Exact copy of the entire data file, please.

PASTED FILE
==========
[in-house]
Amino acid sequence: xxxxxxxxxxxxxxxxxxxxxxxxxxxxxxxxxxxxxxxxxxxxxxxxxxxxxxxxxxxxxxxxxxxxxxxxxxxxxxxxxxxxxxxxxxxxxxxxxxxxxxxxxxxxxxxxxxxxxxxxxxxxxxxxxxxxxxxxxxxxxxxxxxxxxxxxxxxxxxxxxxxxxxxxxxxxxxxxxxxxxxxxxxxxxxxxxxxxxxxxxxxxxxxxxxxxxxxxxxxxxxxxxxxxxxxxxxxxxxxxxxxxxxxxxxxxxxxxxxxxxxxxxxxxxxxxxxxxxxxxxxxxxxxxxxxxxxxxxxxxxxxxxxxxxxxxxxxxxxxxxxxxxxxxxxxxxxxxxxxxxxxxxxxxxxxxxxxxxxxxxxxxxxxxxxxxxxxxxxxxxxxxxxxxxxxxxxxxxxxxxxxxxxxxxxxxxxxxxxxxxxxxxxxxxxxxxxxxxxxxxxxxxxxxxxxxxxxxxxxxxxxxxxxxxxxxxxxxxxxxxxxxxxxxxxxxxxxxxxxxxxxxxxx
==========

[in-house]
Amino acid sequence: xxxxxxxxxxxxxxxxxxxxxxxxxxxxxxxxxxxxxxxxxxxxxxxxxxxxxxxxxxxxxxxxxxxxxxxxxxxxxxxxxxxxxxxxxxxxxxxxxxxxxxxxxxxxxxxxxxxxxxxxxxxxxxxxxxxxxxxxxxxxxxxxxxxxxxxxxxxxxxxxxxxxxxxxxxxxxxxxxxxxxxxxxxxxxxxxxxxxxxxxxxxxxxxxxxxxxxxxxxxxxxxxxxxxxxxxxxxxxxxxxxxxxxxxxxxxxxxxxxxxxxxxxxxxxxxxxxxxxxxxxxxxxxxxxxxxxxxxxxxxxxxxxxxxxxxxxxxxxxxxxxxxxxxxxxxxxxxxxxxxxxxxxxxxxxxxxxxxxxxxxxxxxxxxxxxxxxxxxxxxxxxxxxxxxxxxxxxxxxxxxxxxxxxxxxxxxxxxxxxxxxxxxxxxxxxxxxxxxxxxxxxxxxxxxxxxxxxxxxxxxxxxxxxxxxxxxxxxxxxxxxxxxxxxxxxxxxxxxxxxxxxxxxx